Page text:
Home Again

As the days lengthen, and the dawn breaks earlier each day, going with the flow of events, we arise with the dogs and birds.  Its only 5:30 in the morning, says David who could sleep anywhere anytime.  I whisper in his ear, the dogs want to go out.

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Next to the heat pump: Callibrochoa, Petunias, Fuchsia, Agastache, Coleus. June 2014.

Next to the heat pump: Callibrochoa, Petunias, Fuchsia, Agastache, Coleus. June 2014.

By seven we have taken care of the dogs, filled the outdoor birdbaths, fed and watered our five parrots and done some yard work.

Yard work these days consists of watering the pots of plants before the heat hits them on this day with another forecast of 90+ degrees.  It also means pulling a few weeds, and David spraying vinegar to kill the grasses, clover, violets and other ‘weeds’ attempting a takeover of the brick sidewalk.

The air is already hot as tempers in Washington, DC.

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As I continue down the road to the rejection of wheat products, I discover more and more grocery shelf items I never imagined contained wheat do so. First went the obvious…bread, crackers pastas, etc. Now replaced with gluten-free bread and corn and rice noodles.  Did you know wheat was an ingredient in cold cuts, artificial bacon bits, Hoisin Sauce, Soy Sauce and items marked “smoked” that are not wood smoked?

I’ve read several books on the subject of gluten intolerance and discovered an interesting best seller by William Davis, entitled Wheat Belly.  I liked the first part of the book best where he talks about genetically modified foods and explains why the wheat we eat today is not the wheat we ate 50 years ago.  Davis’ recipes are far too restrictive for me as he is critical of almost all grain products (so many others, like corn and some types of rice, have been modified by mad “scientists”). If I buy something with rice or corn in it, I look for the non-GMO label.

Yesterday, I mixed a batch of gluten-free flour composed of brown rice flour, white rice flour, potato flour, potato starch, and several other ingredients.  I am not going to make bread right away, but will try the new flour in scones, cookies, pastry crusts, and other items. Stay tuned.

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In the 1980s, when I traveled around the US on company business almost every week, or the 1990s, when I traveled around the US on Census Bureau Business or took extended trips overseas, if David went with me, we either boarded our animals or hired a house/pet sitter….often one of our six kids.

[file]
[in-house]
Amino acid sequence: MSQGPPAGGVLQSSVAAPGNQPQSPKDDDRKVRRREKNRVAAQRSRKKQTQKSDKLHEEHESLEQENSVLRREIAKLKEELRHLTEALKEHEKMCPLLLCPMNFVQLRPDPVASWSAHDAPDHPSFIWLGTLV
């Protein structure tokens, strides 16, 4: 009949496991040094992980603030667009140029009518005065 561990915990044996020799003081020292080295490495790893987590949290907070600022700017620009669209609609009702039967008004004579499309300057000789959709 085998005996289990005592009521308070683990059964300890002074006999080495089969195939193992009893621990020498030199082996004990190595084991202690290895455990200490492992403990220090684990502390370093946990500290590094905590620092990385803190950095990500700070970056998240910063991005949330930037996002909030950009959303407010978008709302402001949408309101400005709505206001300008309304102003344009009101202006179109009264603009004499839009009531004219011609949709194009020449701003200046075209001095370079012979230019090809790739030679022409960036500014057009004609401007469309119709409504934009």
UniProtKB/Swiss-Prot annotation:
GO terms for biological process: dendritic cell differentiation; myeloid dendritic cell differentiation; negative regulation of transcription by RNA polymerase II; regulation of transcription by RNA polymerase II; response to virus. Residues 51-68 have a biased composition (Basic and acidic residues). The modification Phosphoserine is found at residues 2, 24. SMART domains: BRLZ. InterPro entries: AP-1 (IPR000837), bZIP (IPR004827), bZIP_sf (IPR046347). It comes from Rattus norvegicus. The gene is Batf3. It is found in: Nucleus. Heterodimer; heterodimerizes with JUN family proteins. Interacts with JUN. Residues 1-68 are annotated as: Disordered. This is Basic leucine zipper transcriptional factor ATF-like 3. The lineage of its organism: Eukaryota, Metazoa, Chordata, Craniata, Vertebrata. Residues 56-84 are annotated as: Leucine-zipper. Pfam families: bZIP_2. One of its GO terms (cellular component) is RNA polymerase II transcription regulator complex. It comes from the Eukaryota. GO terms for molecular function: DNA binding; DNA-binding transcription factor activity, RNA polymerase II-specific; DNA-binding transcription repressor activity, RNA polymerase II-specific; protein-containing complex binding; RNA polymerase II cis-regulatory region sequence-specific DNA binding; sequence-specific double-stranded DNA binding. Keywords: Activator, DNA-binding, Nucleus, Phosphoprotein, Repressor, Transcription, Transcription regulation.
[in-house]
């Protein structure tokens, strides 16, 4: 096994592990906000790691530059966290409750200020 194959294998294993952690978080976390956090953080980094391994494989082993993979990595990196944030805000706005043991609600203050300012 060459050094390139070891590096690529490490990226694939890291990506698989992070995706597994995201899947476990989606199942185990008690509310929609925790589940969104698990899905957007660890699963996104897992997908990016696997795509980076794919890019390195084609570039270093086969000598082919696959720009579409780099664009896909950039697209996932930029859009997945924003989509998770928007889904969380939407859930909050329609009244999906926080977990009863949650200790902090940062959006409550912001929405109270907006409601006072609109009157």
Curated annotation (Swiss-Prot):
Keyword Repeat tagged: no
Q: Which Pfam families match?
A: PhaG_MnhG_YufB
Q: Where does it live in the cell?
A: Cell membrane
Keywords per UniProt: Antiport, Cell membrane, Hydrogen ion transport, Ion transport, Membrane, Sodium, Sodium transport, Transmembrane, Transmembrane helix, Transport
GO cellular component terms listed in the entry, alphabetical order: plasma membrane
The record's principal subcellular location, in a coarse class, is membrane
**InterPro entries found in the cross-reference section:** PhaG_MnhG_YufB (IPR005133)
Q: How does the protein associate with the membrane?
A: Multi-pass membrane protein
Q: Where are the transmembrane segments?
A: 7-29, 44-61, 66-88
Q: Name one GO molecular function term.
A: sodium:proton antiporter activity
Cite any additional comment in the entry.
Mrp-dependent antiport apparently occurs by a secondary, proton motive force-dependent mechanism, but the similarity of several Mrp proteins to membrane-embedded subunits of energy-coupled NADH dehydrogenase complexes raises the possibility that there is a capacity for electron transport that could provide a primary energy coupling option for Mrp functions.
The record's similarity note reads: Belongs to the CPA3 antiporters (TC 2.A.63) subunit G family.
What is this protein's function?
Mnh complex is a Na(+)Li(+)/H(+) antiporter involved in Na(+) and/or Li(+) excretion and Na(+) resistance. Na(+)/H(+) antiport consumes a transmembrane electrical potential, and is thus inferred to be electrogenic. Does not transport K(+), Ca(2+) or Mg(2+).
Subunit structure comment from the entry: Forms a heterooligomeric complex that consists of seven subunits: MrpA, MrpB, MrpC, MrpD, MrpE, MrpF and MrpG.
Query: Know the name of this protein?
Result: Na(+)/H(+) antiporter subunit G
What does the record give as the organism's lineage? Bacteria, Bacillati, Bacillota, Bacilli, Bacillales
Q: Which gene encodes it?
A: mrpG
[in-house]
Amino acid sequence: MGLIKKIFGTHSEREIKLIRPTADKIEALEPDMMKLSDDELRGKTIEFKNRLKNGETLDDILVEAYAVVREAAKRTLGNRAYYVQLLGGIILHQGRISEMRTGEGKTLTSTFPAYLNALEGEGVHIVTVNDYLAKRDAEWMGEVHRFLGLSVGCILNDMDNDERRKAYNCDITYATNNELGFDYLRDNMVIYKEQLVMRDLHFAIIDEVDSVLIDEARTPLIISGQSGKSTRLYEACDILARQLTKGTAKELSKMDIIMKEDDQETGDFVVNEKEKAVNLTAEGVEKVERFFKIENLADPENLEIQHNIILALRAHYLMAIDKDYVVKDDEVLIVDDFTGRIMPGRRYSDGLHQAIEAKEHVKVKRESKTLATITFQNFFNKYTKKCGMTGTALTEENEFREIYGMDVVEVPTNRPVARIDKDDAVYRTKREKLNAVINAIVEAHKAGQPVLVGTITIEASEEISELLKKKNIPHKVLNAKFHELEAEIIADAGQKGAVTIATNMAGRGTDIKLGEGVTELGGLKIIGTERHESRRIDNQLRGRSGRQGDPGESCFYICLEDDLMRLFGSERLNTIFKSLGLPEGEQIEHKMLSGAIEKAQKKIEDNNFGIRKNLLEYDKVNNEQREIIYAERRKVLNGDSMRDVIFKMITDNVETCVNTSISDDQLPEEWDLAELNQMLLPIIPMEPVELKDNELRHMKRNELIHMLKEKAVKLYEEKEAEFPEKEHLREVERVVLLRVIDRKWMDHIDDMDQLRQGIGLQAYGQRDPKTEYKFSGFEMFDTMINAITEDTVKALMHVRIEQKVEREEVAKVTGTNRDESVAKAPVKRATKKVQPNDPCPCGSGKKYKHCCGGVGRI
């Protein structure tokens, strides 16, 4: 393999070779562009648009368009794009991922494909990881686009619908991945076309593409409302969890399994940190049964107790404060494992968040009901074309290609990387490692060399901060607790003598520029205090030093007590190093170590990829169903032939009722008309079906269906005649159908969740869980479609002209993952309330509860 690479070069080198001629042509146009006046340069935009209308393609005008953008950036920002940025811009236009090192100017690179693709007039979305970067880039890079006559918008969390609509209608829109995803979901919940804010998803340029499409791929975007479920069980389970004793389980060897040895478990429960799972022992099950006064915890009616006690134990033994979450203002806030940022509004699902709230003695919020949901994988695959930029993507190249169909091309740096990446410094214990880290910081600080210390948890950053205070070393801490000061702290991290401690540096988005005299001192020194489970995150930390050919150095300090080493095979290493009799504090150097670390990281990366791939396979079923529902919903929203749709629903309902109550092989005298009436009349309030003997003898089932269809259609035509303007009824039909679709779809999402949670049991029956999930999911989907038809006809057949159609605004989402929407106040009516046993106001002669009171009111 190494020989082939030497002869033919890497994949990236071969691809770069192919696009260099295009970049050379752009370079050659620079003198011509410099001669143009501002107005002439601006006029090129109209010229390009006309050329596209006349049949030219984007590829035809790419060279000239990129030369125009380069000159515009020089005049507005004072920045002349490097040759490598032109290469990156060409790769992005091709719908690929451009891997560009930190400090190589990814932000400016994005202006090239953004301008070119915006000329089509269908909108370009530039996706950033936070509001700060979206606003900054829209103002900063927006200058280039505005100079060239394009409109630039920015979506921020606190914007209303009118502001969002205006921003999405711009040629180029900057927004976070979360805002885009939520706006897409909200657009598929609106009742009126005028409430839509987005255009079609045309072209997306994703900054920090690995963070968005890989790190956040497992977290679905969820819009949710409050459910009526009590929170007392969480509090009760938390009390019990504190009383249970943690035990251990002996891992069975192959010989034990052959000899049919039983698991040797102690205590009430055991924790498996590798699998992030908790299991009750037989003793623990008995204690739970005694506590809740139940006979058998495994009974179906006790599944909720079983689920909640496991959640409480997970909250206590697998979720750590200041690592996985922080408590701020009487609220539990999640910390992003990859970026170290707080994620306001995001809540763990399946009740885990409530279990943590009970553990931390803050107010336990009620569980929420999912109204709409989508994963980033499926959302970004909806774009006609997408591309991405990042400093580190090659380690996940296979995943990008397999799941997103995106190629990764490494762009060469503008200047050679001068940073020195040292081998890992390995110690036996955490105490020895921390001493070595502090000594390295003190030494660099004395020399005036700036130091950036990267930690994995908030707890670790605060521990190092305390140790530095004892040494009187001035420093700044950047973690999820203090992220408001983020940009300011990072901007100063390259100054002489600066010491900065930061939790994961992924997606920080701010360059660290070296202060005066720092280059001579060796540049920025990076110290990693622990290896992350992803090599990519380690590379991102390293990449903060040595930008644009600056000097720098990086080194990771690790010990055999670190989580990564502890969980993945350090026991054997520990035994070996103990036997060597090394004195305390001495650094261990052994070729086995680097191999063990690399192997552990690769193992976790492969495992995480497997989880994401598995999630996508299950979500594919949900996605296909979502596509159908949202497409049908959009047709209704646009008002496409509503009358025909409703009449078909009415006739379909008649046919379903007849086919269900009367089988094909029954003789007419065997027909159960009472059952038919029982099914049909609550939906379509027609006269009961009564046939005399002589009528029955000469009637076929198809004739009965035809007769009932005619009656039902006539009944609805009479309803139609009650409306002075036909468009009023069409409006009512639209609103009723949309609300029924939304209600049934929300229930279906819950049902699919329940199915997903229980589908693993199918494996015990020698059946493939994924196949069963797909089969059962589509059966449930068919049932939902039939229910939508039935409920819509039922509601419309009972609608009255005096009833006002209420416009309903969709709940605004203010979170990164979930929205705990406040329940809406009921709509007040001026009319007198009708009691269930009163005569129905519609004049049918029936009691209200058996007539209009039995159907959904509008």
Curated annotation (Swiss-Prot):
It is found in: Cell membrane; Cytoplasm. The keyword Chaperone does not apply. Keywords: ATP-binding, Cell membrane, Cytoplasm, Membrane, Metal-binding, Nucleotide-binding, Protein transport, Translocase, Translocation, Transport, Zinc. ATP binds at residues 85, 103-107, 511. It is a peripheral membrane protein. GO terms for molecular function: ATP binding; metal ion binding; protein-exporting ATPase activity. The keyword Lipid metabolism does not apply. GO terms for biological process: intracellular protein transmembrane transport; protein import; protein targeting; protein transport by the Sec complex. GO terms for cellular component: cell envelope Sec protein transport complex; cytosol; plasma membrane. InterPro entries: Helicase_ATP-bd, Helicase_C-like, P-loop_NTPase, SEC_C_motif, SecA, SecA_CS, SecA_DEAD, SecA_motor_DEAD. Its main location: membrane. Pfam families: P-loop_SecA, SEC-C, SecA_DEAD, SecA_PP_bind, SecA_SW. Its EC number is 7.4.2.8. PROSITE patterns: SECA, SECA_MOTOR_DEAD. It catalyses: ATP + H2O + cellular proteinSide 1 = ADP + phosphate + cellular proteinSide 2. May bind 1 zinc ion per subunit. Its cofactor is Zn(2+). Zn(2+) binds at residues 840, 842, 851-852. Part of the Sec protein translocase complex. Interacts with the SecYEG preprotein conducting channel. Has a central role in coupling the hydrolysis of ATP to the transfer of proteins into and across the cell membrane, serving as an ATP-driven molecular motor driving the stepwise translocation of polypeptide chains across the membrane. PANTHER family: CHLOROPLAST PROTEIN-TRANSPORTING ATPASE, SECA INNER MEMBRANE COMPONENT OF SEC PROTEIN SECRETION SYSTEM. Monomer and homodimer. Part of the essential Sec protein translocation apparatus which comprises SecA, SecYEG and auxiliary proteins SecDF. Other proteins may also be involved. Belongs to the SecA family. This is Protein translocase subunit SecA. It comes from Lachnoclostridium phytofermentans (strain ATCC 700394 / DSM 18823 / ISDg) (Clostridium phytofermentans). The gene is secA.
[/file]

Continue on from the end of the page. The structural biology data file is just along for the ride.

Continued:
I share this information because some folks think if you deprive yourself of a pet you can travel. I even hired someone or coerced a relative to care for my animals and children when I traveled overseas back in the 1970s to meet my EX for R&R.

David and I don’t travel much these days because we got tired of it.  I don’t miss it either.  I like my bed. I miss my pets when I am away from them.  Connie wrote she missed her dogs when she was away on her trip west.

I used to wonder why my in-laws never wanted to leave their home NC.  Over the years, they managed to make a few trips to see our family wherever we were stationed, but mostly they stayed home. So did my other in-laws, who never came to see us..ever.  As I grew older, I learned, some people would rather be home where the heart and the hearth are.

 

 

 

12 thoughts on “Home Again

  1. We still like to travel (but you knew that already) …. But this post reminds me of that bumper sticker wisdom “wherever you go, there you are.”. (Sorry, I’m on the road and that’s about as philosophical as I can get right now.).

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    • Probably best not to plan to far ahead given David’s arthritis condition. I sure can’t do the walking I did years ago. I am traveling West to see my kids in October. Most of my travel in the future will be to see one kid or another. I’m sure you will travel to see kids also.

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  2. I guess we’re doing all our traveling now because we know that very soon, our traveling days will be over since we won’t be able to leave mom home alone. I do like being home a lot too and being in a more regular routine. I’m having a terrible time keeping up with my blogging.

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  3. I am becoming ever closer to that home and hearth preference. Husband still loves to travel but his ardor has dimmed just a bit for the idea of full-time travel. We just returned 6 days ago from a17 day road trip. He is already planning our next trip. We both, however, take longer to “recharge” than we used to.

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    • I suppose if I hadn’t moved home 32 times before I was 8 years old, then married a Marine and moved dozens of times more, then gone to work in a job that sent me here there and everywhere, followed by another similar job, and added many many other trips ‘for fun’, I might still have the wunderlust. But I did all those things and now I don’t. Except to visit a child, grandchild, or other relative.

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  4. Husband and I often lament how we can’t travel together because of our three dogs. We have no one we trust since moving to Baton Rouge 2 years ago. Sigh. I’d probably miss them anyway.

    Hope your new gluten-free lifestyle is going well!

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    • It’s a process, not an event. At present, my gamey leg is driving me crazy. I think the loss of cartilage in my knee made one leg shorter than the other. Perhaps one leg was always shorter and the loss of cartilage made it worse.

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